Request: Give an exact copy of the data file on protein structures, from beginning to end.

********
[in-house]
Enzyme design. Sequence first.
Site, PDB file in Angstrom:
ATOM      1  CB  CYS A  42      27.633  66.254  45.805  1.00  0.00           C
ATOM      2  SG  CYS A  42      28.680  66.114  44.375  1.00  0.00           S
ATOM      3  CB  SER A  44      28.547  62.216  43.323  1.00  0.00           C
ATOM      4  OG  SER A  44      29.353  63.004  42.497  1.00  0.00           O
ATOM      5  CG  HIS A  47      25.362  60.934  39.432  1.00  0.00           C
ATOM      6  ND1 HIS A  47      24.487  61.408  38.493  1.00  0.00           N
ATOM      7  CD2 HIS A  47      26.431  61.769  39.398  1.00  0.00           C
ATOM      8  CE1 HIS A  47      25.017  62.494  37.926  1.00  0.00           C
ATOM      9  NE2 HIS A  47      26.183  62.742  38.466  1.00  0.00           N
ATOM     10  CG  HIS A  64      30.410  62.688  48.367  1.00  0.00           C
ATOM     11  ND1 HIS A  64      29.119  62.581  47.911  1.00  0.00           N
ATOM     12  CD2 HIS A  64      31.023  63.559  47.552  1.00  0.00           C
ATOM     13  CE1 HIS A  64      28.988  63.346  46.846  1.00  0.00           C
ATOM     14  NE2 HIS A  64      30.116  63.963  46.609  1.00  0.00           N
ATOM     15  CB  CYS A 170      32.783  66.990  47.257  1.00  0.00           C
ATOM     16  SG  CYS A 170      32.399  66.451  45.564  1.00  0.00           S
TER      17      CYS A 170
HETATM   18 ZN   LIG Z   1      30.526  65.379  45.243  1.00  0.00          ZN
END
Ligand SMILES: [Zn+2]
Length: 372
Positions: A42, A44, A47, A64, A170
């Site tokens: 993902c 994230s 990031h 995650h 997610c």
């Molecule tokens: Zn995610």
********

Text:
[in-house]
Enzyme design. Sequence first.
Site, PDB file in Angstrom:
ATOM      1  CB  CYS A  42      27.633  66.254  45.805  1.00  0.00           C
ATOM      2  SG  CYS A  42      28.680  66.114  44.375  1.00  0.00           S
ATOM      3  CB  SER A  44      28.547  62.216  43.323  1.00  0.00           C
ATOM      4  OG  SER A  44      29.353  63.004  42.497  1.00  0.00           O
ATOM      5  CG  HIS A  47      25.362  60.934  39.432  1.00  0.00           C
ATOM      6  ND1 HIS A  47      24.487  61.408  38.493  1.00  0.00           N
ATOM      7  CD2 HIS A  47      26.431  61.769  39.398  1.00  0.00           C
ATOM      8  CE1 HIS A  47      25.017  62.494  37.926  1.00  0.00           C
ATOM      9  NE2 HIS A  47      26.183  62.742  38.466  1.00  0.00           N
ATOM     10  CG  HIS A  64      30.410  62.688  48.367  1.00  0.00           C
ATOM     11  ND1 HIS A  64      29.119  62.581  47.911  1.00  0.00           N
ATOM     12  CD2 HIS A  64      31.023  63.559  47.552  1.00  0.00           C
ATOM     13  CE1 HIS A  64      28.988  63.346  46.846  1.00  0.00           C
ATOM     14  NE2 HIS A  64      30.116  63.963  46.609  1.00  0.00           N
ATOM     15  CB  CYS A 170      32.783  66.990  47.257  1.00  0.00           C
ATOM     16  SG  CYS A 170      32.399  66.451  45.564  1.00  0.00           S
TER      17      CYS A 170
HETATM   18 ZN   LIG Z   1      30.526  65.379  45.243  1.00  0.00          ZN
END
Ligand SMILES: [Zn+2]
Length: 372
Positions: A42, A44, A47, A64, A170
């Site tokens: 993902c 994230s 990031h 995650h 997610c």
């Molecule tokens: Zn995610």